Love and war might be an unusual pairing for a comedy, but anyone who sees George Bernard Shaw’s “Arms and the Man” at The Old Globe Theatre will leave thinking the opposite.
The story takes place during the 1885 Serbo-Bulgarian War. Catherine Petkoff (Marsha Mason) and her daughter Raina (Wrenn Schmidt) are holding down the homefront while Raina’s father, Major Paul Petkoff (John Conrad Schuck), and her fiancé, Major Sergius Saranoff (Enver Gjokaj), are in the midst of battle.
As Raina prepares for bed one evening, loud gunfire is heard outside her room, as the troops are close by. Suddenly her terrace doors explode open and Swiss Captain Bluntschli barges in seeking refuge. Raina, only somewhat surprised, converses with Bluntschli while wearing a large fur robe — only one of David Israel Reynoso’s amazing costumes for this play.
After a few short conversations between Raina and the enemy soldier, she’s willing to hide him when rivals come looking for him. What really wins her heart is that Bluntschli prefers to carry chocolates, rather than ammo, in his side pouch. She begins to call him her “Chocolate-cream soldier.”
When mother Catherine discovers Raina is hiding the Captain, she too, bonds with him — especially since she is not fond of her daughter’s pompous fiancé Sergius.
As the war ends, a different battleground begins at the Petkoff’s beautiful home. Sergius returns and professes his love for Raina, but pays more attention to her attendant Louka (Sofiya Akilova). This becomes evident to Louka’s fiancé, Nicola (Greg Hildreth), who landmines the calm. When Bluntschli shows up to sign war documents, emotions swirl on a merry-go-round of distrust, panic and bedlam.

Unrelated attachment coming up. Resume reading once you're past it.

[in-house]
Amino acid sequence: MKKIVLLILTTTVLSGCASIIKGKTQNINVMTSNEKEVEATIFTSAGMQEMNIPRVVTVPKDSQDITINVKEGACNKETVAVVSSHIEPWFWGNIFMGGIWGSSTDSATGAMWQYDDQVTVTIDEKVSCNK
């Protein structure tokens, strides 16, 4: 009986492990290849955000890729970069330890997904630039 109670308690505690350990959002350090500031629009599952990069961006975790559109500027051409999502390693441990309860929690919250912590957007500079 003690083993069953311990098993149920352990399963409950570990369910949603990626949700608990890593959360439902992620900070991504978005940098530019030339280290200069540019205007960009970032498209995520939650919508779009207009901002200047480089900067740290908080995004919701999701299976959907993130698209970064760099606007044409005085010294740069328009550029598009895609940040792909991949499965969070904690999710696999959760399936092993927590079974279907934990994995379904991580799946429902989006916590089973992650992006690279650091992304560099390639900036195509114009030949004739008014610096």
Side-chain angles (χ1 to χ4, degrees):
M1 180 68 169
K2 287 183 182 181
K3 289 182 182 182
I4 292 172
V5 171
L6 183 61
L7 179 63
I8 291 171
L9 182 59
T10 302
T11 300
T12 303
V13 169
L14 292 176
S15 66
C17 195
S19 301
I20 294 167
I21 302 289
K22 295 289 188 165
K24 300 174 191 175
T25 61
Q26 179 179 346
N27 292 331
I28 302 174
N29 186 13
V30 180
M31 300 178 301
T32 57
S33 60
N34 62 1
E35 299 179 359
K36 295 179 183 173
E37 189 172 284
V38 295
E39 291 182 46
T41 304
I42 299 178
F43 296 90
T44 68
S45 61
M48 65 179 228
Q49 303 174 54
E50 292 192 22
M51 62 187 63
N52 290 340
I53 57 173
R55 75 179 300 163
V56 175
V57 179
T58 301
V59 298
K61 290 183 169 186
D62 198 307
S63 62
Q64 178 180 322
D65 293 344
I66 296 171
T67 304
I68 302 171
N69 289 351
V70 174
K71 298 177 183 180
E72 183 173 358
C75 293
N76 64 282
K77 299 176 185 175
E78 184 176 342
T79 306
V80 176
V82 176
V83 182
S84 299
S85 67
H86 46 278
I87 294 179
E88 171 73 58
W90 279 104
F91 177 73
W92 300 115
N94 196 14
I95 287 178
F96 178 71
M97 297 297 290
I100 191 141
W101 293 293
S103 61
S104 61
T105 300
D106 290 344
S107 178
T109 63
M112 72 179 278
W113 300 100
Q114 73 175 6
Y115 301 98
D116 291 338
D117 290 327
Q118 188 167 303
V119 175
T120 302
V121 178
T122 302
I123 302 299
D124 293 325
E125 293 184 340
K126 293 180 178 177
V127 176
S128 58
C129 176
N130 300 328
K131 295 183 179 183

Shaw’s romantic comedy — his first commercial success — has been expertly rendered by the Globe’s production. Casting is superb. Mason excels in expressing every one of Catherine’s motives — whether making sure Raina finds the right partner or keeping her husband in control. Schmidt is a standout as Raina from scene one. She’s sweet, pretty, has the voice of an angel and knows which man really respects women. Gjokaj as the footstomping, jumping, proposing-on-his knee Sergius, impeccably delivers many laughs. Although Akilova and Hildreth’s time onstage is short, they fit solidly into the plot.
A large part of the enjoyment is due to Reynoso’s costumes, the stunning scenic design by Ralph Funicello and lighting by Austin R. Smith. The show has two short intermissions for the set changes. Raina’s bedroom is beautiful down to the smallest detail. The audience expressed delight when the curtain opened on the second set of the Petkoff home courtyard, which included the village musician (Ernest Sauceda), who not only played there but strolled the aisles of the theater as well. Playgoers were surprised again when the third set appeared with Raina perched on a gorgeous round settee. The entire room was lovely, from the tall walls to the marble fireplace.
Thanks to superb direction by Jessica Stone, “Arms and the Man” should be at the top of your “don’t miss” list.